Senckenberg Distinguished Lecture Series

Emerging Frontiers in Nature Research 

Die Distinguished Lecture Series bringt international renommierte Wissenschaftler*innen und andere intellektuelle und zivilgesellschaftliche Führungspersönlichkeiten zu Senckenberg. Zusätzlich zu den Vorträgen finden bei jedem Besuch Diskussionen oder öffentliche Veranstaltungen statt, die ein breites Spektrum von Senckenberg-Wissenschaftler*innen ansprechen sollen.


Innerhalb unserer „Senckenberg Distinguished Lecture Series“ halten herausragende Wissenschaftler*innen aus der internationalen Gemeinschaft Vorträge zum Thema „Emerging Frontiers in Nature Research“.

Mit dieser Vortragsreihe wollen wir eine neue, vor allem international ausgerichtete Plattform für die Vernetzung und den Austausch, für die Schaffung von Synergien und für inspirierende Diskussionen schaffen – kurz: einen weiteren Baustein zu unserer lebendigen wissenschaftlichen und neugiergetriebenen Hauskultur.


März 5, 2024Prof. Dr. Matthias Rillig
November 7, 2023 Prof. Dr. Johan Rockström
Oktober 10, 2023Prof. Dr. Christian Wirth
Juni 6, 2023Prof. Dr. Alex Rogers
April 4, 2023Prof. Dr. Antje Boetius

Lecture #5

Effects of multiple global change drivers on soils and terrestrial ecosystems

The vast majority of experimental work exploring the effects of drivers of global change on terrestrial ecosystems applies only one or two factors (actually about 98 % of the published literature). This means we are almost completely blind to the concurrent effects of many jointly acting factors, even though this is arguably the reality. Experimenting with such a large number of factors comes with many challenges. I report on our work using a design that emphasizes the number of factors: this alone can explain many effects, highlighting the fact that reducing the dimensionality of the global change problem could be one pathway towards greater ecosystem health.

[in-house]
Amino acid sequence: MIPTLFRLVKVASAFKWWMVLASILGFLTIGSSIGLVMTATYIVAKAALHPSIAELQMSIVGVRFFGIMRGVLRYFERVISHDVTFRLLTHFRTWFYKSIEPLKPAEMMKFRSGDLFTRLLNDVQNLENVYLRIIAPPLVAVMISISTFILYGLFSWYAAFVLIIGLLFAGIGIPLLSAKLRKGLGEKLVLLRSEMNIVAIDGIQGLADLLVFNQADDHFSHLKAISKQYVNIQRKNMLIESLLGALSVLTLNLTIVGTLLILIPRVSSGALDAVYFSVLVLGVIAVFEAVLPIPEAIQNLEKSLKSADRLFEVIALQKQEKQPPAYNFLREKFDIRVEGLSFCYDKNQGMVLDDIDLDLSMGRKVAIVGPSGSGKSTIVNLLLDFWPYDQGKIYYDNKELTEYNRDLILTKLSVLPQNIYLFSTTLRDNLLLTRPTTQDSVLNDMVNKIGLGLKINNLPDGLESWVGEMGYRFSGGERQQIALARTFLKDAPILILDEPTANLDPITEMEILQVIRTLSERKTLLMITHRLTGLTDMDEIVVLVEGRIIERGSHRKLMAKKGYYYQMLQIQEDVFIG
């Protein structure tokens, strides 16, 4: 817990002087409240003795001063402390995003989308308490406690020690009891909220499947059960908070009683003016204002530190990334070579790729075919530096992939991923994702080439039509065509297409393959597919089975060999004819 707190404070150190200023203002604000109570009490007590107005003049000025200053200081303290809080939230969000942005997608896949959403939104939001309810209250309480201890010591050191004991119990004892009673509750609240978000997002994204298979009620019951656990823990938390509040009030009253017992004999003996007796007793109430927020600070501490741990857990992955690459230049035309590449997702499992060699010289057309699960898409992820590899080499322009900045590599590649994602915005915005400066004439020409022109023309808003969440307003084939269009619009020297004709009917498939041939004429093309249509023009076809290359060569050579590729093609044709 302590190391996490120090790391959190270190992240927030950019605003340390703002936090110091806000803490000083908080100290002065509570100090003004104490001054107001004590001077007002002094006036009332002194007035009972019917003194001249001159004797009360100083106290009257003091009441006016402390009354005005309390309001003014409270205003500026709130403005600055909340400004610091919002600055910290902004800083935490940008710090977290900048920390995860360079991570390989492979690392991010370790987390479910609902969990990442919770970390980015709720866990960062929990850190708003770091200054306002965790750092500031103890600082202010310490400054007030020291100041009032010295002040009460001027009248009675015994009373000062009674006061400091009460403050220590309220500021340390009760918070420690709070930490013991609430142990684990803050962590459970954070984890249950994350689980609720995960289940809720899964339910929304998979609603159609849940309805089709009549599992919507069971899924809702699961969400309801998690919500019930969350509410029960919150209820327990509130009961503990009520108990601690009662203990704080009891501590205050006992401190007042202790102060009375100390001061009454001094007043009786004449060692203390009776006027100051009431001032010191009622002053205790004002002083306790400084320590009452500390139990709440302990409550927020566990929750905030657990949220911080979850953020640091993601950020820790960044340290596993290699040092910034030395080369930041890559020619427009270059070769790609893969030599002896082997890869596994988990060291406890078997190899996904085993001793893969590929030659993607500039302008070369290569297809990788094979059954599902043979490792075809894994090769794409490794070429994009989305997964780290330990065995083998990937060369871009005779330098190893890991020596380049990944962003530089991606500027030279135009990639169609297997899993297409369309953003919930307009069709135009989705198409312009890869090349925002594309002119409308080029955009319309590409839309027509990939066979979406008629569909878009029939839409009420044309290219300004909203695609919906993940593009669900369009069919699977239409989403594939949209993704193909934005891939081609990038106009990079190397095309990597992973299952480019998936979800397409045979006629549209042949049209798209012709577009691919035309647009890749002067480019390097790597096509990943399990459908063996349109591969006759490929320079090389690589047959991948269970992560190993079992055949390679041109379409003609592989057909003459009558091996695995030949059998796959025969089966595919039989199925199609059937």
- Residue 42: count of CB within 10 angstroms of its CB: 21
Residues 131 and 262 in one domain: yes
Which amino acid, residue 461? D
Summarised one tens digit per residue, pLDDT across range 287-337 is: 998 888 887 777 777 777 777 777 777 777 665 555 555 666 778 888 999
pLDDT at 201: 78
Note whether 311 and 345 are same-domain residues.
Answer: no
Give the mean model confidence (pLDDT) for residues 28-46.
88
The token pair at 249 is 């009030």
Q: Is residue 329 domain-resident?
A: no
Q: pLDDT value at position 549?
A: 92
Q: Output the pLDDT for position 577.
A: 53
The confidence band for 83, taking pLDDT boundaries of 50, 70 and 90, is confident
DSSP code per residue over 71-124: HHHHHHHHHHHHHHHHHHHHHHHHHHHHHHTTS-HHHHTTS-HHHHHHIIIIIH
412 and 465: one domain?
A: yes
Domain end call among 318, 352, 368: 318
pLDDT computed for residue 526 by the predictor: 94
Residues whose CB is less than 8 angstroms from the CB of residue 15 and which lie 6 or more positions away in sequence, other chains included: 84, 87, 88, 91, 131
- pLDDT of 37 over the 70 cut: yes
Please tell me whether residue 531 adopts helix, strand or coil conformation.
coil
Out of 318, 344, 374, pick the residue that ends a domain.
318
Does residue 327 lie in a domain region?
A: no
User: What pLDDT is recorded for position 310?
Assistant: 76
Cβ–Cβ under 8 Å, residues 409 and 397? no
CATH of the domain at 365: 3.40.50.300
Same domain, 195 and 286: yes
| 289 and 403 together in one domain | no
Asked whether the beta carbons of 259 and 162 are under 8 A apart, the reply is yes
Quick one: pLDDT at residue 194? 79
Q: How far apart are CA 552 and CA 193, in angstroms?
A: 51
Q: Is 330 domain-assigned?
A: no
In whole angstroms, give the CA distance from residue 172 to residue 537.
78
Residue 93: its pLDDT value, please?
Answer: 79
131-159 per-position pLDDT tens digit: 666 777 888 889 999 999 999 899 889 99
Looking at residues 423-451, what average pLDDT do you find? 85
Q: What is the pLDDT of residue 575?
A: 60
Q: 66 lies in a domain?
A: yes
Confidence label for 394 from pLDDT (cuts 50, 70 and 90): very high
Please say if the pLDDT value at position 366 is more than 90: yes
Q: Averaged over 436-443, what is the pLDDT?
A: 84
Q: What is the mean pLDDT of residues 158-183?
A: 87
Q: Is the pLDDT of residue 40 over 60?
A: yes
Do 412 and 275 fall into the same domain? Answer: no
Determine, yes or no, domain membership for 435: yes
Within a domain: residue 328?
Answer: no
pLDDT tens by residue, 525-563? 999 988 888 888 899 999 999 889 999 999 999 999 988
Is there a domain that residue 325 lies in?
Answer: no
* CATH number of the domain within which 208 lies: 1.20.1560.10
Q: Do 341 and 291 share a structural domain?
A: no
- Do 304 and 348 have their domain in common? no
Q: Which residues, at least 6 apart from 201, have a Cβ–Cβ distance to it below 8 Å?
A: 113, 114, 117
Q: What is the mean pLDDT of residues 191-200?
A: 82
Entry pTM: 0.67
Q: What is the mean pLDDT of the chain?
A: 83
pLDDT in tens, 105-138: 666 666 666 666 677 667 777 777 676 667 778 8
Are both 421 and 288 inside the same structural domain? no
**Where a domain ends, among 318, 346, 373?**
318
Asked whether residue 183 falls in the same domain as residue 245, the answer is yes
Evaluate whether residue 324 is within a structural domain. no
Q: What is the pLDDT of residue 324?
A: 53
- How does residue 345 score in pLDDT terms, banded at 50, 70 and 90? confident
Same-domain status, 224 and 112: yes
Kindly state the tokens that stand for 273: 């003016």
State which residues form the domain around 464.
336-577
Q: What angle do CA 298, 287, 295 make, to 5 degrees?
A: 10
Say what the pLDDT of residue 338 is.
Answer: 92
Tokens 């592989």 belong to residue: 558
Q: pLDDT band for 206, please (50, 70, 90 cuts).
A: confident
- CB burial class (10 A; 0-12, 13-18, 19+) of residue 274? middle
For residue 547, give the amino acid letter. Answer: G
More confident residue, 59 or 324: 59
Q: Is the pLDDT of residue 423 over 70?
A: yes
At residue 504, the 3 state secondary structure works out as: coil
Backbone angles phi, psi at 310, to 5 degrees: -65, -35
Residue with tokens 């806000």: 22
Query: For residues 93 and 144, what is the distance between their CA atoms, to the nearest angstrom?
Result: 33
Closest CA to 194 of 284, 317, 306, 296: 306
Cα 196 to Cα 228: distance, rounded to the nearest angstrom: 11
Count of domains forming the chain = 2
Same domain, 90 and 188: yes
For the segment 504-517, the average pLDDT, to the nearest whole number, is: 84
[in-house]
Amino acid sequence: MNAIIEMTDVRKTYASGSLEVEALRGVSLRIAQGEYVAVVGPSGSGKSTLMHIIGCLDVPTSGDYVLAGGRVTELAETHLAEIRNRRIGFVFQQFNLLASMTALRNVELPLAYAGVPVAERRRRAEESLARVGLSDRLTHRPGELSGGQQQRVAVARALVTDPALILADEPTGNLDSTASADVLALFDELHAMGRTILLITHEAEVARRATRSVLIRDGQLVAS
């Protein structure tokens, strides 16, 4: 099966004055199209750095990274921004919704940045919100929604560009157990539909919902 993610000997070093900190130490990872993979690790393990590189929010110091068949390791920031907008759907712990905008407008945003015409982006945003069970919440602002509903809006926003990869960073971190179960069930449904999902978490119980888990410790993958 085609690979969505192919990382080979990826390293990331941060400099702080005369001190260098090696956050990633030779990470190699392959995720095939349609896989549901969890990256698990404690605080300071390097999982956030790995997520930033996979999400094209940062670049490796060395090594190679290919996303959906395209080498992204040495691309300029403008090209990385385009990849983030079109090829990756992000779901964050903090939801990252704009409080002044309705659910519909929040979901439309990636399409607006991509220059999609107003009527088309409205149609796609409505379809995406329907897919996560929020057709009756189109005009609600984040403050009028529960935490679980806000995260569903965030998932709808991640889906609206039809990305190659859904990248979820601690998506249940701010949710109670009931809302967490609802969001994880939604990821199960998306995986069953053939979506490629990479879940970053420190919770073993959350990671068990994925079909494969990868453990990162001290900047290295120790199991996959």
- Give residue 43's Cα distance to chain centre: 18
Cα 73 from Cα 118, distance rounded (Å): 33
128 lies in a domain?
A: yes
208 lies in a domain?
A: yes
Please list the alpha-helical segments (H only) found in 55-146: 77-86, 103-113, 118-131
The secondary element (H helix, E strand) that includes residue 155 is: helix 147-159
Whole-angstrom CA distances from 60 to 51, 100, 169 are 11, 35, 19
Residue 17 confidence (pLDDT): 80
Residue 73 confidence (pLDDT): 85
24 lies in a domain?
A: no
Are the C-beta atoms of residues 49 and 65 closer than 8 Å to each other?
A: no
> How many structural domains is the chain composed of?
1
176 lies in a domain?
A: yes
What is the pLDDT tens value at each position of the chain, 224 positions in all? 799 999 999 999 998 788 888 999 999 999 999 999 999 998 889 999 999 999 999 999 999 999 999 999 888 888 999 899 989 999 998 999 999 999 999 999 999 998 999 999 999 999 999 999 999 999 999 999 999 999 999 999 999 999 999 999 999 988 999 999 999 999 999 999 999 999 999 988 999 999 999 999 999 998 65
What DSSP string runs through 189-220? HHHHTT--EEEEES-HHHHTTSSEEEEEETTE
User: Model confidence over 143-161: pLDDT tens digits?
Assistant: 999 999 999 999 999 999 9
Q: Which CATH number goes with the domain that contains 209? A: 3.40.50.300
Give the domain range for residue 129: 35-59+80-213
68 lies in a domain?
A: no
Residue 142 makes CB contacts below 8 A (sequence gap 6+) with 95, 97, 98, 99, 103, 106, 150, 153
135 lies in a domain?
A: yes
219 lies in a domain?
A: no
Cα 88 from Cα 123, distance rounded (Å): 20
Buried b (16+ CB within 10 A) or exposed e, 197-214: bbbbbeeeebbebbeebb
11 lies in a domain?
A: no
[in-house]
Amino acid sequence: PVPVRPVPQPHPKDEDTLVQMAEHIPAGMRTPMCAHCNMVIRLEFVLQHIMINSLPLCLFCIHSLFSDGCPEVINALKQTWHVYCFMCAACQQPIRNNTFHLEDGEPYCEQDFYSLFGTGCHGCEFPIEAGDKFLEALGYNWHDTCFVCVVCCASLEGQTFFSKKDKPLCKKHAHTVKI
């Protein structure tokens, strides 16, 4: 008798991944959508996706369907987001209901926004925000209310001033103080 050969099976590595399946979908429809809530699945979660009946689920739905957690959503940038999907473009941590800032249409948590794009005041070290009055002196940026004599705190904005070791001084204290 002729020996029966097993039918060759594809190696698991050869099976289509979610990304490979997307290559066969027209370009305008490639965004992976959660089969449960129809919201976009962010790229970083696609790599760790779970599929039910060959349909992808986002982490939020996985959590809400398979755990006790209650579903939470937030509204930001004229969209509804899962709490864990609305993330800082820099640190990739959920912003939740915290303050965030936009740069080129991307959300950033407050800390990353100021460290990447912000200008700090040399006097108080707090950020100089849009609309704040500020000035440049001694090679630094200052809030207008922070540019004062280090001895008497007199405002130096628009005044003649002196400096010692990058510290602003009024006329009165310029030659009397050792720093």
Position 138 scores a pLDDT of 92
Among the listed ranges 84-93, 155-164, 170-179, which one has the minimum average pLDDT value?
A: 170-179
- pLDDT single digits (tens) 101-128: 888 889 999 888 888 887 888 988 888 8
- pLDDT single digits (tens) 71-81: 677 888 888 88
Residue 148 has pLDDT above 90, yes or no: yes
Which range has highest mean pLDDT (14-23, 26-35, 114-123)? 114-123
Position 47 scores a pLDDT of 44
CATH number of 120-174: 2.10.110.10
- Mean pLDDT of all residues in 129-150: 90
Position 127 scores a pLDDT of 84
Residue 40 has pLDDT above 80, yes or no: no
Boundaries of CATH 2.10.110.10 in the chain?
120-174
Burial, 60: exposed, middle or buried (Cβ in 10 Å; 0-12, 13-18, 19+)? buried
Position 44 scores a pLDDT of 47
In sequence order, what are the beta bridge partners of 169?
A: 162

About the lecturer

Matthias Rillig is a professor of ecology at the Freie Universität Berlin and director of the Berlin-Brandenburg Institute of Advanced Biodiversity Research. His group works on global change effects on soils (including microplastics), with an organismal focus on fungi.

Lecture #4

A Safe and Just Future for Humanity and Earth

After 11,000 years of remarkably stable climate that created conditions conducive to the evolution of civilizations, humanity is confronted with multiple global crises. This talk gives a scientific update of the risks of destabilizing the planet, providing evidence that six of nine Planetary Boundaries are already transgressed today, and in turn offering a new definition of sustainability. The increasing frequency and amplitude of extreme events is just one consequence of overshooting the 1.5°C global warming limit – a real biophysical limit, not just a political target – beyond which multiple tipping points in the Earth system are not only likely to be triggered, but run the risk of setting off tipping cascades.

About the lecturer

Johan Rockström is Director of the Potsdam Institute for Climate Impact Research and Professor of Earth System Science at the University of Potsdam.

Lecture #3

From Climate Change to Biodiversity and back